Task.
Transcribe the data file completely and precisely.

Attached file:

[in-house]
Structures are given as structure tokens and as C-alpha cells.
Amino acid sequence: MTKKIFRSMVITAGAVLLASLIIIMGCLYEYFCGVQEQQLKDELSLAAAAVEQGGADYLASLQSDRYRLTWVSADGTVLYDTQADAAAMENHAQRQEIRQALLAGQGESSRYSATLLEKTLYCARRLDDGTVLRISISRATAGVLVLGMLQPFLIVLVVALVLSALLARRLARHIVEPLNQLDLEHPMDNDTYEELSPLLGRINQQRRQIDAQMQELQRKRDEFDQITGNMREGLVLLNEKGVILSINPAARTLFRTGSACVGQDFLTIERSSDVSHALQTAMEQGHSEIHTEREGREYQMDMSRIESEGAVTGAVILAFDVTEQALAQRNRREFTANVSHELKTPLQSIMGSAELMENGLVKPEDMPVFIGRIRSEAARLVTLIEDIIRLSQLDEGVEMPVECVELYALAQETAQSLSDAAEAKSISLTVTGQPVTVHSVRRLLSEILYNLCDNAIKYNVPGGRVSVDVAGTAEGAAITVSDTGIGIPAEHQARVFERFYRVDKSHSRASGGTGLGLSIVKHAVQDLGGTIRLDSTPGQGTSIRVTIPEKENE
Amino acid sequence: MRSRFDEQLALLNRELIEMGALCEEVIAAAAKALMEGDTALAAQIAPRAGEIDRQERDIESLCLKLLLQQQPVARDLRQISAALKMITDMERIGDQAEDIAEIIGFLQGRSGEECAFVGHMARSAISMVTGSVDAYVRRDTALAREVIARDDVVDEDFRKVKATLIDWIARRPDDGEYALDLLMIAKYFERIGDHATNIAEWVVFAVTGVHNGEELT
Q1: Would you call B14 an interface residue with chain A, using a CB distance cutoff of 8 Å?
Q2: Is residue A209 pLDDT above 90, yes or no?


[in-house]
Structures are given as structure tokens and as C-alpha cells.
Amino acid sequence: MTKKIFRSMVITAGAVLLASLIIIMGCLYEYFCGVQEQQLKDELSLAAAAVEQGGADYLASLQSDRYRLTWVSADGTVLYDTQADAAAMENHAQRQEIRQALLAGQGESSRYSATLLEKTLYCARRLDDGTVLRISISRATAGVLVLGMLQPFLIVLVVALVLSALLARRLARHIVEPLNQLDLEHPMDNDTYEELSPLLGRINQQRRQIDAQMQELQRKRDEFDQITGNMREGLVLLNEKGVILSINPAARTLFRTGSACVGQDFLTIERSSDVSHALQTAMEQGHSEIHTEREGREYQMDMSRIESEGAVTGAVILAFDVTEQALAQRNRREFTANVSHELKTPLQSIMGSAELMENGLVKPEDMPVFIGRIRSEAARLVTLIEDIIRLSQLDEGVEMPVECVELYALAQETAQSLSDAAEAKSISLTVTGQPVTVHSVRRLLSEILYNLCDNAIKYNVPGGRVSVDVAGTAEGAAITVSDTGIGIPAEHQARVFERFYRVDKSHSRASGGTGLGLSIVKHAVQDLGGTIRLDSTPGQGTSIRVTIPEKENE
Amino acid sequence: MRSRFDEQLALLNRELIEMGALCEEVIAAAAKALMEGDTALAAQIAPRAGEIDRQERDIESLCLKLLLQQQPVARDLRQISAALKMITDMERIGDQAEDIAEIIGFLQGRSGEECAFVGHMARSAISMVTGSVDAYVRRDTALAREVIARDDVVDEDFRKVKATLIDWIARRPDDGEYALDLLMIAKYFERIGDHATNIAEWVVFAVTGVHNGEELT
Q1: Would you call B14 an interface residue with chain A, using a CB distance cutoff of 8 Å?
Q2: Is residue A209 pLDDT above 90, yes or no?